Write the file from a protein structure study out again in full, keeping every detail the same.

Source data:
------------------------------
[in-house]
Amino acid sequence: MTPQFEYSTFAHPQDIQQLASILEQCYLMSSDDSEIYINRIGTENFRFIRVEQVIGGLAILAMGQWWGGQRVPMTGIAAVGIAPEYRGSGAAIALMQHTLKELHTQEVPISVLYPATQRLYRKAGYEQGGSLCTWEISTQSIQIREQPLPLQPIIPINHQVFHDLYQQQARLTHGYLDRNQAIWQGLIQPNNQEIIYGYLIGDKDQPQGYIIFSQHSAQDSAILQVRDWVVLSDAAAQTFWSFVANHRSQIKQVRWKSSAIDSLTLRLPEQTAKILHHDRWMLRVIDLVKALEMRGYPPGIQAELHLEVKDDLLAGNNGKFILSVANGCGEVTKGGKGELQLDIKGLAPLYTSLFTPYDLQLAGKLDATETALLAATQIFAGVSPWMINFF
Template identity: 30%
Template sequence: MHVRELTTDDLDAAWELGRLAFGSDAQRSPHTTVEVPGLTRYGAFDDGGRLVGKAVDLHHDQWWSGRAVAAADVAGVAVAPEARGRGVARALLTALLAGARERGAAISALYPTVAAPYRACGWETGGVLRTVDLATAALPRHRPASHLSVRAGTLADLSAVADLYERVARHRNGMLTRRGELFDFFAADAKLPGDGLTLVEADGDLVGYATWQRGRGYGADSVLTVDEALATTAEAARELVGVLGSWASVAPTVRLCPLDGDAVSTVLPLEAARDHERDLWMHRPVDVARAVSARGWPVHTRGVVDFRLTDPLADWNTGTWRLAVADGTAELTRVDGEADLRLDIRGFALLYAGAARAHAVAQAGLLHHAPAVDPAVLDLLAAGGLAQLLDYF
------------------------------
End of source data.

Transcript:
[in-house]
Amino acid sequence: MTPQFEYSTFAHPQDIQQLASILEQCYLMSSDDSEIYINRIGTENFRFIRVEQVIGGLAILAMGQWWGGQRVPMTGIAAVGIAPEYRGSGAAIALMQHTLKELHTQEVPISVLYPATQRLYRKAGYEQGGSLCTWEISTQSIQIREQPLPLQPIIPINHQVFHDLYQQQARLTHGYLDRNQAIWQGLIQPNNQEIIYGYLIGDKDQPQGYIIFSQHSAQDSAILQVRDWVVLSDAAAQTFWSFVANHRSQIKQVRWKSSAIDSLTLRLPEQTAKILHHDRWMLRVIDLVKALEMRGYPPGIQAELHLEVKDDLLAGNNGKFILSVANGCGEVTKGGKGELQLDIKGLAPLYTSLFTPYDLQLAGKLDATETALLAATQIFAGVSPWMINFF
Template identity: 30%
Template sequence: MHVRELTTDDLDAAWELGRLAFGSDAQRSPHTTVEVPGLTRYGAFDDGGRLVGKAVDLHHDQWWSGRAVAAADVAGVAVAPEARGRGVARALLTALLAGARERGAAISALYPTVAAPYRACGWETGGVLRTVDLATAALPRHRPASHLSVRAGTLADLSAVADLYERVARHRNGMLTRRGELFDFFAADAKLPGDGLTLVEADGDLVGYATWQRGRGYGADSVLTVDEALATTAEAARELVGVLGSWASVAPTVRLCPLDGDAVSTVLPLEAARDHERDLWMHRPVDVARAVSARGWPVHTRGVVDFRLTDPLADWNTGTWRLAVADGTAELTRVDGEADLRLDIRGFALLYAGAARAHAVAQAGLLHHAPAVDPAVLDLLAAGGLAQLLDYF